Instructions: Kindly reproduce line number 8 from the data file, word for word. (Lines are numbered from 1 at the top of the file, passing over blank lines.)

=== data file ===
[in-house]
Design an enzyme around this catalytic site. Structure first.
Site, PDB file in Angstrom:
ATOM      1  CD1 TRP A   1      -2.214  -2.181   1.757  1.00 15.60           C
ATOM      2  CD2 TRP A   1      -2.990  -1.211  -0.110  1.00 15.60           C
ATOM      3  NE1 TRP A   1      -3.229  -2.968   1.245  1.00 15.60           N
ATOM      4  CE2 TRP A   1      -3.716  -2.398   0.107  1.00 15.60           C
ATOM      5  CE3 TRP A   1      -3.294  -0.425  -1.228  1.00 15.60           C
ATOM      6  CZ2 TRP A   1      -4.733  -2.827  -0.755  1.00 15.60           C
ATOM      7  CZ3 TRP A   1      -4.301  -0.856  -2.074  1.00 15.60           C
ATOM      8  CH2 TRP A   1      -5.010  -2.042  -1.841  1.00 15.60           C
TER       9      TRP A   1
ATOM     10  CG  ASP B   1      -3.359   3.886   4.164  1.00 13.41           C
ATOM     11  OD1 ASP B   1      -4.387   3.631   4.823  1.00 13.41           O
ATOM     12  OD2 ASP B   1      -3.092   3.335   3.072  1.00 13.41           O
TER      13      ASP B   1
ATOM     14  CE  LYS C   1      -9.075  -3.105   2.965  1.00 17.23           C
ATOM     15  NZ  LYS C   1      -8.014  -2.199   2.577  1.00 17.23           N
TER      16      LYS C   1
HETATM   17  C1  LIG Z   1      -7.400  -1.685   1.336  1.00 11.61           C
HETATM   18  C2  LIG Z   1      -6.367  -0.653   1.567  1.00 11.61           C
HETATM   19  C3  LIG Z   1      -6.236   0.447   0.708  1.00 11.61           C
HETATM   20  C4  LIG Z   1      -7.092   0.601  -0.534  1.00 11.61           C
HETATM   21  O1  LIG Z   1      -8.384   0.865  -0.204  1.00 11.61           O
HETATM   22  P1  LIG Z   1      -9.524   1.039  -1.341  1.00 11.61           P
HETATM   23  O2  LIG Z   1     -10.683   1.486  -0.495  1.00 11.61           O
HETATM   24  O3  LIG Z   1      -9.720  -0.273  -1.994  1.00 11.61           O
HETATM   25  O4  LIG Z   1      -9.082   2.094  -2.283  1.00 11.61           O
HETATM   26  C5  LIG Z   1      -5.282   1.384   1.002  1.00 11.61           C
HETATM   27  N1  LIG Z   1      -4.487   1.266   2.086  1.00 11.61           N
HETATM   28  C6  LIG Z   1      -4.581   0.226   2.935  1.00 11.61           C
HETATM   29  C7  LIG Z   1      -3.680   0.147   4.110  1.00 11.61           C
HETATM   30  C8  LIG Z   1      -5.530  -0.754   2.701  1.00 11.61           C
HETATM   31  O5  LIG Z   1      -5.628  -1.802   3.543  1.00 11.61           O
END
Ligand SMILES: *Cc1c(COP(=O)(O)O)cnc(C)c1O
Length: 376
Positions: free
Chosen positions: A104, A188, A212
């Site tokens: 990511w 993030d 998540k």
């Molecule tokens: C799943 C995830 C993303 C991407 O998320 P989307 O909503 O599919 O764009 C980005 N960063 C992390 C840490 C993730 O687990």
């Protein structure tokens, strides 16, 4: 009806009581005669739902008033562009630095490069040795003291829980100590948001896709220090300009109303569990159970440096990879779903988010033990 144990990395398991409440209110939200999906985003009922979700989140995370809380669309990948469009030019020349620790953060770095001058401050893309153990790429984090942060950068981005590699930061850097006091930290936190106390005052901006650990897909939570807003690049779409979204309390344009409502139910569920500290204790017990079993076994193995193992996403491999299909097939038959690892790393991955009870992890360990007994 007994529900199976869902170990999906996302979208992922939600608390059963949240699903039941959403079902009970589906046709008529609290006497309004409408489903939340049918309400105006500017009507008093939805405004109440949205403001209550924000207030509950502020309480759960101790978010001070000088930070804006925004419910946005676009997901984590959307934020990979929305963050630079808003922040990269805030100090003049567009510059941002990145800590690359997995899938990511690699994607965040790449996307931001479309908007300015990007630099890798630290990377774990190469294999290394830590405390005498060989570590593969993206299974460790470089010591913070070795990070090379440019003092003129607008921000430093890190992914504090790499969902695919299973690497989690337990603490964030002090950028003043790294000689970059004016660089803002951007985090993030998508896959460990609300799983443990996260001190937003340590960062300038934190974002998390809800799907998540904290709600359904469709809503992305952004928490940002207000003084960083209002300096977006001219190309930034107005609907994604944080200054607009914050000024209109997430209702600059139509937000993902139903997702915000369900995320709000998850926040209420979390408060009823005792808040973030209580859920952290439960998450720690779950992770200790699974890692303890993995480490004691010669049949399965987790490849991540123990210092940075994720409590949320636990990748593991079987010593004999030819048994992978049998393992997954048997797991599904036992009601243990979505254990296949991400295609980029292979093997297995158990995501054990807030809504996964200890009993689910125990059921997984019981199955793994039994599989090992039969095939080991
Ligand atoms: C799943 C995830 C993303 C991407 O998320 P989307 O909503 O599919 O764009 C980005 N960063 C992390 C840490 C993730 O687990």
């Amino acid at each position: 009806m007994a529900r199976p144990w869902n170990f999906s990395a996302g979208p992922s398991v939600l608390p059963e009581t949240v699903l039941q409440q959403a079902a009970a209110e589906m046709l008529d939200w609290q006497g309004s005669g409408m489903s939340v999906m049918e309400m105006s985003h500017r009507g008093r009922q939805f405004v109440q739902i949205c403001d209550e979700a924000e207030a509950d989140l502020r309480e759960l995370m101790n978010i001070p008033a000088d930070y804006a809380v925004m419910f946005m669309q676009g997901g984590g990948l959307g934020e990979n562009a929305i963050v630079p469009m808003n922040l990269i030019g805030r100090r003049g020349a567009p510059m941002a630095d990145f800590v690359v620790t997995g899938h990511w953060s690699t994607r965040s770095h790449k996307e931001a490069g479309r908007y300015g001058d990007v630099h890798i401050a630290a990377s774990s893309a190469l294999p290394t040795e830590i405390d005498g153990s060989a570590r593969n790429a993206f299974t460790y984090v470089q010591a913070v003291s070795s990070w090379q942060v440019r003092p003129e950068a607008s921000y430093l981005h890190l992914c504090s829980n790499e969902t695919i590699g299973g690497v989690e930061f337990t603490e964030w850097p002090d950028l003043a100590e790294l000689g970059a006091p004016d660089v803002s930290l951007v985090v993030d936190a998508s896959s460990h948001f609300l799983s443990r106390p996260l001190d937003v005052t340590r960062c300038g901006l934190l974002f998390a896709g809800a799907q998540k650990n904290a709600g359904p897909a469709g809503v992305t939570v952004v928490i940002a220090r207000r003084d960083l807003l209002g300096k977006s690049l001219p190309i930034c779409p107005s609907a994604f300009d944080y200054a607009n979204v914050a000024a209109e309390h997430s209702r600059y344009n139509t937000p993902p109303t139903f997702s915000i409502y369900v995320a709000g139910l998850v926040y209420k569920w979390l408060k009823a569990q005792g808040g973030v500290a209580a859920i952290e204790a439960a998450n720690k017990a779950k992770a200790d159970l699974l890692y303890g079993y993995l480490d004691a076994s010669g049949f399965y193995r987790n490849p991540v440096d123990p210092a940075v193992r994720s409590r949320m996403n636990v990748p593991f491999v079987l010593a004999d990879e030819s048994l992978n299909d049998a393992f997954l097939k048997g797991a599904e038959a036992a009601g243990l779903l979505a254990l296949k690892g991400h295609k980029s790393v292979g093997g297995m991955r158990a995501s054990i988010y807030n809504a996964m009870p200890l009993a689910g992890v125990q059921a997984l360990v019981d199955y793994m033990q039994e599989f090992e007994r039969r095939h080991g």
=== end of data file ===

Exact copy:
ATOM      5  CE3 TRP A   1      -3.294  -0.425  -1.228  1.00 15.60           C